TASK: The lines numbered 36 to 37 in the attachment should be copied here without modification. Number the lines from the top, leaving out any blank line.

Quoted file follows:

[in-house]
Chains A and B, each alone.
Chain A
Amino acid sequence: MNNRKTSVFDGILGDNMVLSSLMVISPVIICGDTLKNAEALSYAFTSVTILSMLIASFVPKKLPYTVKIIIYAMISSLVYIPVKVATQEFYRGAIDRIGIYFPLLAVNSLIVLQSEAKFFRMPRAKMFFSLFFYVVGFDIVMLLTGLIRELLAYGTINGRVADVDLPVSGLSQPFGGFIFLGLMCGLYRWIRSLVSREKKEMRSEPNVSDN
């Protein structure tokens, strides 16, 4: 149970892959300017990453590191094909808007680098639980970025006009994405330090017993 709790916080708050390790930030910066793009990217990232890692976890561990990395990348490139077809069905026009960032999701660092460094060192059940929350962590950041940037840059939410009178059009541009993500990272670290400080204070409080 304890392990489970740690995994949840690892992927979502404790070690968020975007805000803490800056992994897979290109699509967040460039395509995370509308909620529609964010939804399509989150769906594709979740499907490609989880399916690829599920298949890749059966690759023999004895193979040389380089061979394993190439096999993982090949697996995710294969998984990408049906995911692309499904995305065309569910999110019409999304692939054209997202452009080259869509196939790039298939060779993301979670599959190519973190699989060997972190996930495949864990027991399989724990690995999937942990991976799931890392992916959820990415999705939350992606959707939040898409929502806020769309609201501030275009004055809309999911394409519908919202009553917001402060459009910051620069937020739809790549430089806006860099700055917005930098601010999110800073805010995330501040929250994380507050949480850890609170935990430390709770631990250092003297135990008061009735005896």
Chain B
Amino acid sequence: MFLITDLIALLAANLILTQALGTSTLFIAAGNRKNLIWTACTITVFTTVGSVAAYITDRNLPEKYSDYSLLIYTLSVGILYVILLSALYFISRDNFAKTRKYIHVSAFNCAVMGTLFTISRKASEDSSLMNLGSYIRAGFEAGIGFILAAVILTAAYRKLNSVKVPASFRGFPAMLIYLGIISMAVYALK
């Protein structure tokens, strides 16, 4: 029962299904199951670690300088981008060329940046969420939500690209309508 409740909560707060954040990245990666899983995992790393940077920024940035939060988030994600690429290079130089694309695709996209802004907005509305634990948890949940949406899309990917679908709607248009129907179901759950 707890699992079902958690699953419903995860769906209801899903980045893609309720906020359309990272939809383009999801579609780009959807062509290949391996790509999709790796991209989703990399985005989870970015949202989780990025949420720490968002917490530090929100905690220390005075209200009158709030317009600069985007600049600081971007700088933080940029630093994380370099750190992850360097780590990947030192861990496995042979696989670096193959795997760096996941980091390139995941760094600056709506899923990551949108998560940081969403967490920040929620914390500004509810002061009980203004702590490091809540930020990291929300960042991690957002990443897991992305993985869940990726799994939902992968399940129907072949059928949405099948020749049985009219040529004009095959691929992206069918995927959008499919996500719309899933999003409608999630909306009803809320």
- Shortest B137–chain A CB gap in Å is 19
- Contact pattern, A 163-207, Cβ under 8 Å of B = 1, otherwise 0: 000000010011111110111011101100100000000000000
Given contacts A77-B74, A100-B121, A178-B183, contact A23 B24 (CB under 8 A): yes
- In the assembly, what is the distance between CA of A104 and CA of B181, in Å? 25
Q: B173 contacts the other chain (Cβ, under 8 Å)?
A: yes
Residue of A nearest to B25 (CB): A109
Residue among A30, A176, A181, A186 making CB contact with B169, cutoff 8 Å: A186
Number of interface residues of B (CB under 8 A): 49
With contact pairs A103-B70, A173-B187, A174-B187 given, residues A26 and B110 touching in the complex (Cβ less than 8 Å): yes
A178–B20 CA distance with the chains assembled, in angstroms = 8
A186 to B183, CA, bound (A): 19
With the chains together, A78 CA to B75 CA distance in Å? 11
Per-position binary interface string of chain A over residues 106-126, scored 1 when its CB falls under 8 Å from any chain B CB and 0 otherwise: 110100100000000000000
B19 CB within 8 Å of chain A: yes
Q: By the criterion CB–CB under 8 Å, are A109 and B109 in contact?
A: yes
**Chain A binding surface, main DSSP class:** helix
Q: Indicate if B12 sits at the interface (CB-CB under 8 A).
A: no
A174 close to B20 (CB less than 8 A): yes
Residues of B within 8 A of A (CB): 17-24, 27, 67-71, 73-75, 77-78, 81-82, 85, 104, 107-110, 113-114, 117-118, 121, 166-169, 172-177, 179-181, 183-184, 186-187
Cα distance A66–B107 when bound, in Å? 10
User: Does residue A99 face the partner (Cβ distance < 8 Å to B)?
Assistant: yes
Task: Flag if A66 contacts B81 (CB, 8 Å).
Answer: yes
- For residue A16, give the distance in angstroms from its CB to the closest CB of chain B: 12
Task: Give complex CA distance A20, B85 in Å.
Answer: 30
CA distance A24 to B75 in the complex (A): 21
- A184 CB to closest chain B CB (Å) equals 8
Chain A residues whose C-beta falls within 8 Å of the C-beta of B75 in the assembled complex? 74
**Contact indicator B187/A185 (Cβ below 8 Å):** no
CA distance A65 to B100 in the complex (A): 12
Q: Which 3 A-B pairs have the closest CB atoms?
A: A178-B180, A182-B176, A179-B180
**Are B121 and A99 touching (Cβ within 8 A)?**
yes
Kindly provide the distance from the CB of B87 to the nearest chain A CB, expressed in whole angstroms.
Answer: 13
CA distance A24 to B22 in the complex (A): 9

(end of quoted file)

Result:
- For residue A16, give the distance in angstroms from its CB to the closest CB of chain B: 12
Task: Give complex CA distance A20, B85 in Å.